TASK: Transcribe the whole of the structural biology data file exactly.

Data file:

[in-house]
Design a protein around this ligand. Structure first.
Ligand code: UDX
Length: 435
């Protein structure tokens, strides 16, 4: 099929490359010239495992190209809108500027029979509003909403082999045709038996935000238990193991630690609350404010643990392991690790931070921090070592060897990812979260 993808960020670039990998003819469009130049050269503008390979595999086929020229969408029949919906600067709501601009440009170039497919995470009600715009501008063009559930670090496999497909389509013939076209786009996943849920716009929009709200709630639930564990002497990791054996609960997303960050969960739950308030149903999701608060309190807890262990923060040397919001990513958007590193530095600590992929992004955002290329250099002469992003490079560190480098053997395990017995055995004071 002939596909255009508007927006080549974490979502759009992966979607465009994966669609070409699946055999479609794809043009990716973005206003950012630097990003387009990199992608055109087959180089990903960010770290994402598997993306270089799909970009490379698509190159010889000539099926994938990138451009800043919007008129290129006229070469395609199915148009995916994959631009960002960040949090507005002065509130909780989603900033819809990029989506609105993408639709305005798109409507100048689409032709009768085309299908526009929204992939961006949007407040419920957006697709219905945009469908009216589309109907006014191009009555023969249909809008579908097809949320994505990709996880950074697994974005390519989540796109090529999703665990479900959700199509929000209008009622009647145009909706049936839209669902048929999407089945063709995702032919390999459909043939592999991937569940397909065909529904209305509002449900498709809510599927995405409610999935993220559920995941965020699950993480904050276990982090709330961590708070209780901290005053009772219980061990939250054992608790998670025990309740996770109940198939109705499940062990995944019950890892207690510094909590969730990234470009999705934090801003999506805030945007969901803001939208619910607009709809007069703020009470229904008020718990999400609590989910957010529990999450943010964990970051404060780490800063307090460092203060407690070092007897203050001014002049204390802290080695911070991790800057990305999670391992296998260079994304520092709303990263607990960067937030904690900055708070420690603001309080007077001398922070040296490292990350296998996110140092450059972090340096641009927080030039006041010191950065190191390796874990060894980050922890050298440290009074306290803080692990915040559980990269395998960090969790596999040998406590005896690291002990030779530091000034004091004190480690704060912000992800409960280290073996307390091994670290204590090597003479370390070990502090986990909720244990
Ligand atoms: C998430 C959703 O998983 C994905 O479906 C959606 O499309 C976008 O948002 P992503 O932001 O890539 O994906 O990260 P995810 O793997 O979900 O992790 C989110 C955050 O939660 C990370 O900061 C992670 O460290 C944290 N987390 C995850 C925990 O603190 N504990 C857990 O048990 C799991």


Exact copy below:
[in-house]
Design a protein around this ligand. Structure first.
Ligand code: UDX
Length: 435
């Protein structure tokens, strides 16, 4: 099929490359010239495992190209809108500027029979509003909403082999045709038996935000238990193991630690609350404010643990392991690790931070921090070592060897990812979260 993808960020670039990998003819469009130049050269503008390979595999086929020229969408029949919906600067709501601009440009170039497919995470009600715009501008063009559930670090496999497909389509013939076209786009996943849920716009929009709200709630639930564990002497990791054996609960997303960050969960739950308030149903999701608060309190807890262990923060040397919001990513958007590193530095600590992929992004955002290329250099002469992003490079560190480098053997395990017995055995004071 002939596909255009508007927006080549974490979502759009992966979607465009994966669609070409699946055999479609794809043009990716973005206003950012630097990003387009990199992608055109087959180089990903960010770290994402598997993306270089799909970009490379698509190159010889000539099926994938990138451009800043919007008129290129006229070469395609199915148009995916994959631009960002960040949090507005002065509130909780989603900033819809990029989506609105993408639709305005798109409507100048689409032709009768085309299908526009929204992939961006949007407040419920957006697709219905945009469908009216589309109907006014191009009555023969249909809008579908097809949320994505990709996880950074697994974005390519989540796109090529999703665990479900959700199509929000209008009622009647145009909706049936839209669902048929999407089945063709995702032919390999459909043939592999991937569940397909065909529904209305509002449900498709809510599927995405409610999935993220559920995941965020699950993480904050276990982090709330961590708070209780901290005053009772219980061990939250054992608790998670025990309740996770109940198939109705499940062990995944019950890892207690510094909590969730990234470009999705934090801003999506805030945007969901803001939208619910607009709809007069703020009470229904008020718990999400609590989910957010529990999450943010964990970051404060780490800063307090460092203060407690070092007897203050001014002049204390802290080695911070991790800057990305999670391992296998260079994304520092709303990263607990960067937030904690900055708070420690603001309080007077001398922070040296490292990350296998996110140092450059972090340096641009927080030039006041010191950065190191390796874990060894980050922890050298440290009074306290803080692990915040559980990269395998960090969790596999040998406590005896690291002990030779530091000034004091004190480690704060912000992800409960280290073996307390091994670290204590090597003479370390070990502090986990909720244990
Ligand atoms: C998430 C959703 O998983 C994905 O479906 C959606 O499309 C976008 O948002 P992503 O932001 O890539 O994906 O990260 P995810 O793997 O979900 O992790 C989110 C955050 O939660 C990370 O900061 C992670 O460290 C944290 N987390 C995850 C925990 O603190 N504990 C857990 O048990 C799991």